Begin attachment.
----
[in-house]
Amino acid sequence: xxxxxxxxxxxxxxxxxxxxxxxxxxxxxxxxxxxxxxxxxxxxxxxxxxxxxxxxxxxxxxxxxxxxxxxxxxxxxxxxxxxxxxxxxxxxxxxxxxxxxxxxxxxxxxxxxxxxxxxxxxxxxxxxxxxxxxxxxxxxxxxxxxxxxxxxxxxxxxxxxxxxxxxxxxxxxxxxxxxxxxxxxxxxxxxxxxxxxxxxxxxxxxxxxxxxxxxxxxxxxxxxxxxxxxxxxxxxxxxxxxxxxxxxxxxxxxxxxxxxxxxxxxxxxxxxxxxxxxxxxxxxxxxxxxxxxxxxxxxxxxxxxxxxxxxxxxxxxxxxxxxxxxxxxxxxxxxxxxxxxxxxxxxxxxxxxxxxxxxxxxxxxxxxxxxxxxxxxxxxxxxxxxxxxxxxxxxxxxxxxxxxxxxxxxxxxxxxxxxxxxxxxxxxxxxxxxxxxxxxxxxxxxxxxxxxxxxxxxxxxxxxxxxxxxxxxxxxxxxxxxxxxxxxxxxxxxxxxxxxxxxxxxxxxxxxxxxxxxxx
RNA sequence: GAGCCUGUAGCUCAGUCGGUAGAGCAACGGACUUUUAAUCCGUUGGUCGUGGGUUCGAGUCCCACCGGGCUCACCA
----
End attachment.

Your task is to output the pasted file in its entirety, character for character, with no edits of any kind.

[in-house]
Amino acid sequence: xxxxxxxxxxxxxxxxxxxxxxxxxxxxxxxxxxxxxxxxxxxxxxxxxxxxxxxxxxxxxxxxxxxxxxxxxxxxxxxxxxxxxxxxxxxxxxxxxxxxxxxxxxxxxxxxxxxxxxxxxxxxxxxxxxxxxxxxxxxxxxxxxxxxxxxxxxxxxxxxxxxxxxxxxxxxxxxxxxxxxxxxxxxxxxxxxxxxxxxxxxxxxxxxxxxxxxxxxxxxxxxxxxxxxxxxxxxxxxxxxxxxxxxxxxxxxxxxxxxxxxxxxxxxxxxxxxxxxxxxxxxxxxxxxxxxxxxxxxxxxxxxxxxxxxxxxxxxxxxxxxxxxxxxxxxxxxxxxxxxxxxxxxxxxxxxxxxxxxxxxxxxxxxxxxxxxxxxxxxxxxxxxxxxxxxxxxxxxxxxxxxxxxxxxxxxxxxxxxxxxxxxxxxxxxxxxxxxxxxxxxxxxxxxxxxxxxxxxxxxxxxxxxxxxxxxxxxxxxxxxxxxxxxxxxxxxxxxxxxxxxxxxxxxxxxxxxxxxxxx
RNA sequence: GAGCCUGUAGCUCAGUCGGUAGAGCAACGGACUUUUAAUCCGUUGGUCGUGGGUUCGAGUCCCACCGGGCUCACCA